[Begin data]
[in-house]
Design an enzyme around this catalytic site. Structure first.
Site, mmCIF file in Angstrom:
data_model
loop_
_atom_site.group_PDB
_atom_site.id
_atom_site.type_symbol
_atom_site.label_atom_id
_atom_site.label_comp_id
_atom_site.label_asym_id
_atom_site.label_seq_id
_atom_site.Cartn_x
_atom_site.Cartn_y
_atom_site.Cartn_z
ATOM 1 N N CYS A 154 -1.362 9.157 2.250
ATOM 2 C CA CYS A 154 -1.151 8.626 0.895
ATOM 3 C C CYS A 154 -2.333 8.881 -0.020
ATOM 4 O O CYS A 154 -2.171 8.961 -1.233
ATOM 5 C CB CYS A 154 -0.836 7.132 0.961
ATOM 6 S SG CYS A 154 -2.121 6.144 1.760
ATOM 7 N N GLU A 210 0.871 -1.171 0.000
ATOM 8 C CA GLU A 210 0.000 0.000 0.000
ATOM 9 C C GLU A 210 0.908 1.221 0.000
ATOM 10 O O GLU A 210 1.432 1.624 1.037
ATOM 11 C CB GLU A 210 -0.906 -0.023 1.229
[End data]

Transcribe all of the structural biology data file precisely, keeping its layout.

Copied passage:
[in-house]
Design an enzyme around this catalytic site. Structure first.
Site, mmCIF file in Angstrom:
data_model
loop_
_atom_site.group_PDB
_atom_site.id
_atom_site.type_symbol
_atom_site.label_atom_id
_atom_site.label_comp_id
_atom_site.label_asym_id
_atom_site.label_seq_id
_atom_site.Cartn_x
_atom_site.Cartn_y
_atom_site.Cartn_z
ATOM 1 N N CYS A 154 -1.362 9.157 2.250
ATOM 2 C CA CYS A 154 -1.151 8.626 0.895
ATOM 3 C C CYS A 154 -2.333 8.881 -0.020
ATOM 4 O O CYS A 154 -2.171 8.961 -1.233
ATOM 5 C CB CYS A 154 -0.836 7.132 0.961
ATOM 6 S SG CYS A 154 -2.121 6.144 1.760
ATOM 7 N N GLU A 210 0.871 -1.171 0.000
ATOM 8 C CA GLU A 210 0.000 0.000 0.000
ATOM 9 C C GLU A 210 0.908 1.221 0.000
ATOM 10 O O GLU A 210 1.432 1.624 1.037
ATOM 11 C CB GLU A 210 -0.906 -0.023 1.229